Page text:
'The Rambler' comes from Anchor Bay as a single 25GB disc in an eco keepcase. This is a barebones edition of the film that has a few previews prior to the top menu, but does not contain any supplements at all. No word on whether or not an edition with some special features is planned.
The Video: Sizing Up the Picture
With its 1080p AVC/MPEG-4 transfer, 'The Rambler' looks pristine through and through. One of the more redeeming qualities about this film is that it is very nice to look at; great care was put into the cinematography and it shows on this nearly impeccable transfer.
It is noticeable that although he toys with the viewer by putting in some digital effects to mimic a television briefly losing its signal, or switching channels, Reeder thankfully did not opt to use heavy filters – which seem to attract so many young filmmakers – and instead filmed his nightmarish dreamscape in a fairly straightforward manner. In terms of judging the disc on the quality of its image, this decision makes things quite a bit easier.
For starters, the image is crystal clear. Fine detail is present in nearly every single shot and the picture is completely devoid of noise or other distracting artifacts. The lack of grain suggests the film was shot on digital – which is not much of a surprise – but Reeder's director of photography, David McFarland, has done a fantastic job making sure the movie looks polished and refined, without being sterile. In that regard, and although most of the colors here refer to the hot, dusty environment the Rambler is rambling through, the picture never gets washed out while attempting to convey a sense of location. Browns, tans and other earthy colors all stand out, but manage to play nicely with the occasional reds and blues to create a bright, vibrant image that highlights the bizarre images on screen.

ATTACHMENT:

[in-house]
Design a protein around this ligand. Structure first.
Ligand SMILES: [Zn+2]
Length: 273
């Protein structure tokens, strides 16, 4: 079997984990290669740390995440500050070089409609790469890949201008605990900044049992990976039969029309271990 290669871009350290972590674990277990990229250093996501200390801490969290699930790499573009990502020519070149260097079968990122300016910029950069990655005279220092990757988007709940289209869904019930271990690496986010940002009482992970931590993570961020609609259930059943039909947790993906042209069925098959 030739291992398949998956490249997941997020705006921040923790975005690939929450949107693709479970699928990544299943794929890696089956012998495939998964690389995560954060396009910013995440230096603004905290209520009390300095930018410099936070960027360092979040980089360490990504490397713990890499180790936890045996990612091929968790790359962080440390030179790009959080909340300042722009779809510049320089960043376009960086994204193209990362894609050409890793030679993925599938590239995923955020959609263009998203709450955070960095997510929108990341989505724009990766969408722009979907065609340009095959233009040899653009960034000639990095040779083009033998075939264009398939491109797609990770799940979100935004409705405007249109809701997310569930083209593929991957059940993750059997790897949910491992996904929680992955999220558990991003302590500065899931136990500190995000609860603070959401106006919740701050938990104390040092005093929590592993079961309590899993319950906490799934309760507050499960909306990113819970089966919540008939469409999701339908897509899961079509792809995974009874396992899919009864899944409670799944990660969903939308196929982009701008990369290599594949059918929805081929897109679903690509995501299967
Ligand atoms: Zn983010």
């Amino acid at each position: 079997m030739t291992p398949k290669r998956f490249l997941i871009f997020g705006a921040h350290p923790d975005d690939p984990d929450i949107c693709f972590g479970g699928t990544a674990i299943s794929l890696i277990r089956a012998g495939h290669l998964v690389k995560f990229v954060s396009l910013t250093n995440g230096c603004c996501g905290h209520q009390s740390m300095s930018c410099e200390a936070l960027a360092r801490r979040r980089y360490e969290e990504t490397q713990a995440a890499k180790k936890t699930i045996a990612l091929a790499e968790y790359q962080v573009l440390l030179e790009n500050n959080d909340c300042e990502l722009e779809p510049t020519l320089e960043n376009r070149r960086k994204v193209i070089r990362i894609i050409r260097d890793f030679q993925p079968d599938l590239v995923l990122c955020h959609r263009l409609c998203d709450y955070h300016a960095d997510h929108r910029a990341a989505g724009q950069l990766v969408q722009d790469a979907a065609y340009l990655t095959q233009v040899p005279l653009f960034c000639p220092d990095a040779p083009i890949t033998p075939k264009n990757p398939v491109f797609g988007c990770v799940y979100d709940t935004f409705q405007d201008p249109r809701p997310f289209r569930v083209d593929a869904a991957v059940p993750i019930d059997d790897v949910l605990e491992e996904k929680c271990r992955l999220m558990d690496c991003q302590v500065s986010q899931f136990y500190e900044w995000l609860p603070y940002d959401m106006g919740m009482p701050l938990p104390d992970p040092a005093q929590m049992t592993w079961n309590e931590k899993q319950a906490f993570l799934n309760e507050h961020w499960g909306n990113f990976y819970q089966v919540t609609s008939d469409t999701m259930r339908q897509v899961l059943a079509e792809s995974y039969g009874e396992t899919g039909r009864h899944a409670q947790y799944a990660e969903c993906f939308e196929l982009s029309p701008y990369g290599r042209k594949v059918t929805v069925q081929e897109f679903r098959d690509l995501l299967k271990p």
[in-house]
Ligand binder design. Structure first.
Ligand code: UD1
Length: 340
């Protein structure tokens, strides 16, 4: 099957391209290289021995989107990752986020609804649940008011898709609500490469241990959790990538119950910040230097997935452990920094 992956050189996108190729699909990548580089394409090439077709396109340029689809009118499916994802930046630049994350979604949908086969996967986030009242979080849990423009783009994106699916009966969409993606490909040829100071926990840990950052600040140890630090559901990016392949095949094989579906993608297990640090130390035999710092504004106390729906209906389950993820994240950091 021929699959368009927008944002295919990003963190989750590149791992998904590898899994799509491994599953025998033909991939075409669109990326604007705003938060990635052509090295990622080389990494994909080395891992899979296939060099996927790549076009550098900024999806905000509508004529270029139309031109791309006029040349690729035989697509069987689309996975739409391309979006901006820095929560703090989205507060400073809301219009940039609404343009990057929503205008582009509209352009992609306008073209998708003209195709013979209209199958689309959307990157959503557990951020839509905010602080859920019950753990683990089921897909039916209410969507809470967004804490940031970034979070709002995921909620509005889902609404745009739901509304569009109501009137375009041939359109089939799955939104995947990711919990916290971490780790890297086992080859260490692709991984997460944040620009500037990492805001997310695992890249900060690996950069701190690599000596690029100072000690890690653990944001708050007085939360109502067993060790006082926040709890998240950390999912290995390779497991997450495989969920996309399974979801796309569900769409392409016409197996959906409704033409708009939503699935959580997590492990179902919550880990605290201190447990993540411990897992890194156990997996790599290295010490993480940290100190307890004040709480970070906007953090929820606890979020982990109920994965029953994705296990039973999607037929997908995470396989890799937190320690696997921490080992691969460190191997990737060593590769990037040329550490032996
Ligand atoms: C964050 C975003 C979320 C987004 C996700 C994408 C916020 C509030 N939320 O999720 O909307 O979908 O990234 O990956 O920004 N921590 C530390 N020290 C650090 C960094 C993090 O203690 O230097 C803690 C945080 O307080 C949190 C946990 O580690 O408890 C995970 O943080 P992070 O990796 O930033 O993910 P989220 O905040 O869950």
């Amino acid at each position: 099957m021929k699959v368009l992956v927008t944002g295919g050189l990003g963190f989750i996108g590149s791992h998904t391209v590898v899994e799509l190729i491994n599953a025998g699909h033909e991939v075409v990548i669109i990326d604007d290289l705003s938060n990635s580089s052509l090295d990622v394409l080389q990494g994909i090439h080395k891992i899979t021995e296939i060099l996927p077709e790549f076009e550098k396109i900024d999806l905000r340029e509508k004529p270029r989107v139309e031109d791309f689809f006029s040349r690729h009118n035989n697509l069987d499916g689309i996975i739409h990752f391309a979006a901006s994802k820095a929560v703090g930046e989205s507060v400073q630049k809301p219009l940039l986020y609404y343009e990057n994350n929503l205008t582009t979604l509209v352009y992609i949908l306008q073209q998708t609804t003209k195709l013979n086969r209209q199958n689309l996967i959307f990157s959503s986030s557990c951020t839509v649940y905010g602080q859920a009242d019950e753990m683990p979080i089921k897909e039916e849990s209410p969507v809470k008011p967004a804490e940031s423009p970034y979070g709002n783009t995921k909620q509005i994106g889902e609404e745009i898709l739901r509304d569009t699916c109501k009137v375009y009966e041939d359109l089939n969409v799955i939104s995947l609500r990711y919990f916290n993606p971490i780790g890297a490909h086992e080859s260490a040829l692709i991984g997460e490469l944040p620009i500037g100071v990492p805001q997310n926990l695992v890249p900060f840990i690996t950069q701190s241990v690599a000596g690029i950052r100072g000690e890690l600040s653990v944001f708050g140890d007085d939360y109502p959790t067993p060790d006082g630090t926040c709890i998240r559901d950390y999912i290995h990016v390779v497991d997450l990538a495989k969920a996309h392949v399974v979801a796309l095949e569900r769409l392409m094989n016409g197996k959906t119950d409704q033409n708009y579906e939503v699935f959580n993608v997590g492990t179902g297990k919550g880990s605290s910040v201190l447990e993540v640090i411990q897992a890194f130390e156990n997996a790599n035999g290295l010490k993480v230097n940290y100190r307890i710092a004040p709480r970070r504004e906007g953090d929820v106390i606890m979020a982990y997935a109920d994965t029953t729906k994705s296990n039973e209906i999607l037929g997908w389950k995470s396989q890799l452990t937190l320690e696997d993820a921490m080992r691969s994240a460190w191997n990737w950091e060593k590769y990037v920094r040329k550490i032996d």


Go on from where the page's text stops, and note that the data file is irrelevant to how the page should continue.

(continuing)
Additionally, contrast levels are high throughout; blacks are rich and deep, while whites never look blown-out or overdone – even for the sake of assigning place or feeling. There is also a great amount of depth in the picture that works well during scenes of low or intense light. Aside from a few instances of soft focus, this is a great looking image overall.
The Audio: Rating the Sound
'The Rambler' uses the less common Dolby TrueHD 5.1 for its audio track and the result is actually rather pleasing.